Public Service staff numbers were significantly reduced, while meeting increased demand for services due to the downturn. The reform of public services became critical to the delivery of those services and strong progress was made, as set out in two published progress reports.
The second Public Service Reform Plan was published in 2014 and reflects the need to maintain a focus on reducing costs and increasing efficiency, having regard to the continuing increased demands for many public services.
However, the Plan has an ambitious, overarching objective of delivering better outcomes for all stakeholders and a strong emphasis on service improvement.
The Public Service Reform Plan 2014-16 includes a broad range of reforms, with over 230 specific actions set out.
Key priorities include, for example, more digital delivery of services, better engagement with customers, the use of alternative models of service delivery, implementation of shared services and more efficient and effective public procurement and property management, and increased openness, transparency and accountability.
Delivering improved outcomes for users of public services is the central theme of the Plan. To achieve improved outcomes, end-users of services, whether citizens or business customers, are being placed at the centre of service design and delivery, so that services better meet their needs and expectations.
These reforms extend from improving 'the customer experience at the CSO' to making it easier to make a tax complaint with the Office of the Revenue Commissioners.
Another reform was at the Department of Jobs, Enterprise and Innovation which launched an Integrated Licensing Application
Services. The main objective of this project is to reduce the administrative burden on businesses which currently have to apply for a multiplicity of licences across a number of licensing authorities.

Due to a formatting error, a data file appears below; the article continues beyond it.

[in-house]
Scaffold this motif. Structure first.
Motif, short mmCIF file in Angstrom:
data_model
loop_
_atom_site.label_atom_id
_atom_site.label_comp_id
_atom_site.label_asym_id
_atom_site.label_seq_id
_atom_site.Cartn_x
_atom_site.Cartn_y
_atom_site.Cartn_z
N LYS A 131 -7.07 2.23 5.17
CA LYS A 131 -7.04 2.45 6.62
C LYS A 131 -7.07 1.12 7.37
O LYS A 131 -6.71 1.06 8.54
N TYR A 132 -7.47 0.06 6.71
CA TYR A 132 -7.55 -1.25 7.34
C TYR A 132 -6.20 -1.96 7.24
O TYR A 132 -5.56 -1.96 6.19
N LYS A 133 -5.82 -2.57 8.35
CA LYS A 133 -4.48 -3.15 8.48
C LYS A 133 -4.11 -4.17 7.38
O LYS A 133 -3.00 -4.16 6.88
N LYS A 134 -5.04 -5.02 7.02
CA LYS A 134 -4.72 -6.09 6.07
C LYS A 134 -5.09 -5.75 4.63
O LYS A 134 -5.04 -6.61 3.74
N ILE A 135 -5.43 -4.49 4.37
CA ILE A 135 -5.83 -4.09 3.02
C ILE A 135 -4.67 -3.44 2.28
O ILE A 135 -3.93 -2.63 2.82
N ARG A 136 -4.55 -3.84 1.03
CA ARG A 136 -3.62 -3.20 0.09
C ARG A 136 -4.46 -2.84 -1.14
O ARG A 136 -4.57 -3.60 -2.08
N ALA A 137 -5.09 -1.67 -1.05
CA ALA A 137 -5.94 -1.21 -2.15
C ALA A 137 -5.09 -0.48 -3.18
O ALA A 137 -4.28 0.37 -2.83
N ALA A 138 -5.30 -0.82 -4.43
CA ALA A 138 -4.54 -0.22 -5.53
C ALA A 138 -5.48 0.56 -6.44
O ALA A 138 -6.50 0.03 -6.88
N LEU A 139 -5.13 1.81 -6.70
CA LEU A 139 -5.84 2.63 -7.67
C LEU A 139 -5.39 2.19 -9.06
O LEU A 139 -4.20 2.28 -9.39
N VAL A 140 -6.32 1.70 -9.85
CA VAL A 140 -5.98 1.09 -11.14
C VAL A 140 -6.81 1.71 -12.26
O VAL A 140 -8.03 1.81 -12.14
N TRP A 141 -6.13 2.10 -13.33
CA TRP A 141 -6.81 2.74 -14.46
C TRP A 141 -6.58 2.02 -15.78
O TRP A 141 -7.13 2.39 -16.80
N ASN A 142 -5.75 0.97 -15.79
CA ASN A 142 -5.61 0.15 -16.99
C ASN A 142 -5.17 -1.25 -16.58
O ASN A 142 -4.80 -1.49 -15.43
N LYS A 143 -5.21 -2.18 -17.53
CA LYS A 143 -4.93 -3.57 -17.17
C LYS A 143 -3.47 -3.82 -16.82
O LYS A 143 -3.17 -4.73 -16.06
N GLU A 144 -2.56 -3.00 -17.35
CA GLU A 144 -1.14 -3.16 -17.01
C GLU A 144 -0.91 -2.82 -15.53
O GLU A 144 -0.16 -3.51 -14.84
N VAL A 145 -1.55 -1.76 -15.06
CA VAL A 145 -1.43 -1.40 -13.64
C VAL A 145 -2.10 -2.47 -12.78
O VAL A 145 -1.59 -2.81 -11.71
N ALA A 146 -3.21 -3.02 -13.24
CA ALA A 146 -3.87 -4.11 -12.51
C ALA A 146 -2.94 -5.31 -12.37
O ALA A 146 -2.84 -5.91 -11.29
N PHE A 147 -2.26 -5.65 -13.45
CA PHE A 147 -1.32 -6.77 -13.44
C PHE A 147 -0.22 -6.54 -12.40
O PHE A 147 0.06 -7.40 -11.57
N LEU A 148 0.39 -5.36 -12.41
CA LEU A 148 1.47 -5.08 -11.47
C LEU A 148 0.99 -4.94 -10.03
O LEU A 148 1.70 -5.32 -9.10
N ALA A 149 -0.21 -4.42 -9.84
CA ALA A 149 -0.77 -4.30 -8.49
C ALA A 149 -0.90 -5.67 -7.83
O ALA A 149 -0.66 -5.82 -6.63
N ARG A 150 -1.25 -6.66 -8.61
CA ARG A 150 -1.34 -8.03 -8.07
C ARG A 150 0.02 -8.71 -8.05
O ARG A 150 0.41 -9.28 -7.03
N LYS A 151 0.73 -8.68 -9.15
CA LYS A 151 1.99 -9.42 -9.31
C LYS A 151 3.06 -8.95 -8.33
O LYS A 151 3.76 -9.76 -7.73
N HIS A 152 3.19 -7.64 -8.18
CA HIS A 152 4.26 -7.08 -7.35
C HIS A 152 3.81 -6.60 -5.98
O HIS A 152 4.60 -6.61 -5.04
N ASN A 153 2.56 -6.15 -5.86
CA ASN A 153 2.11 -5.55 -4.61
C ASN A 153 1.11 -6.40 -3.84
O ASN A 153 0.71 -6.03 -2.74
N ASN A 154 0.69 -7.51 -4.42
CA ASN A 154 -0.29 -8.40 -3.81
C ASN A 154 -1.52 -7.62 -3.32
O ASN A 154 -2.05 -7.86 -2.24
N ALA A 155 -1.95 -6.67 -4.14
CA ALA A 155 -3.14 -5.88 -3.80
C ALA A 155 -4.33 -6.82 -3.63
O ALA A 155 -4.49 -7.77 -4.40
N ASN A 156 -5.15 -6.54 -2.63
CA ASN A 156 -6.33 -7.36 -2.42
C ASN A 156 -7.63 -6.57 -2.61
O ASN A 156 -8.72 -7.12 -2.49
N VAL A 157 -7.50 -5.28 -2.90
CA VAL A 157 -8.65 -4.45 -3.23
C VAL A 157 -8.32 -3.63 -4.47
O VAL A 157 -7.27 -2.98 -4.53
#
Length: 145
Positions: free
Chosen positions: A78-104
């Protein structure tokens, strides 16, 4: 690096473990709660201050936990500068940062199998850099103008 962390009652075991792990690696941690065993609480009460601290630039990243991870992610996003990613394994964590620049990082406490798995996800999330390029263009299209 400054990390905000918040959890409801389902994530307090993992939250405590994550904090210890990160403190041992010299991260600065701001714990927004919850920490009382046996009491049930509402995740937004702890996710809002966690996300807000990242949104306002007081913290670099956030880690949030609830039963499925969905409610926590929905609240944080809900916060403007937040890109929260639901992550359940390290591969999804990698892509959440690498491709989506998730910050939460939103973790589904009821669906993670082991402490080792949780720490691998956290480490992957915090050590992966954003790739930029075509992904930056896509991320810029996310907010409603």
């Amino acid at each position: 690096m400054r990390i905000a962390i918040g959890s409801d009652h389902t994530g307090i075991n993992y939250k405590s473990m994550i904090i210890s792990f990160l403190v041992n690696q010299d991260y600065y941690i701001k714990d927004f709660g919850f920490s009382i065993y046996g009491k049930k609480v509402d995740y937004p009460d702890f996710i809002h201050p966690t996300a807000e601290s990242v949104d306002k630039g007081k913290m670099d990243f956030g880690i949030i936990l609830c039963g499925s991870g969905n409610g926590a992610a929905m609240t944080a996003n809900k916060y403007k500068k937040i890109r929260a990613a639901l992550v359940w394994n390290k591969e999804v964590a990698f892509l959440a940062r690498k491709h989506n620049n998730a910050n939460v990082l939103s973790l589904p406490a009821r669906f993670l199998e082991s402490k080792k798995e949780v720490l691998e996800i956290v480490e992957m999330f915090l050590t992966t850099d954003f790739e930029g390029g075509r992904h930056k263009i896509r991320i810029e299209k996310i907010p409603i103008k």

This is done by providing a one-stop portal for application, payment and renewal.
The same Department has also developed a new online status enquiry facility for employment permits, which allows customers
to enquire about the status of their application.
Another area is the National Library of Ireland (NLI) which is increasingly digitising its collections and making the digital resources available online. An example is the digitisation of the Catholic Parish Registers in 2015.
Previously, researchers had to visit the NLI's reading rooms in Dublin to use this genealogical resource.
The NLI digitised the microfilms to produce 373,000 digital images and metadata and published them online free for use. The digitised
Catholic Parish Registers was launched in July 2015 and has had over 6 million visits since then.
Farming too is not overlooked and according to the report by the end of 2015, over 93% (120,000) of all farmers had access to the Department of Agriculture and Food's agfood.ie portal.
In addition, some 105,000 farmers have registered their mobile phone number with the Department for information services and / or registered permissions for transaction services via mobile phone.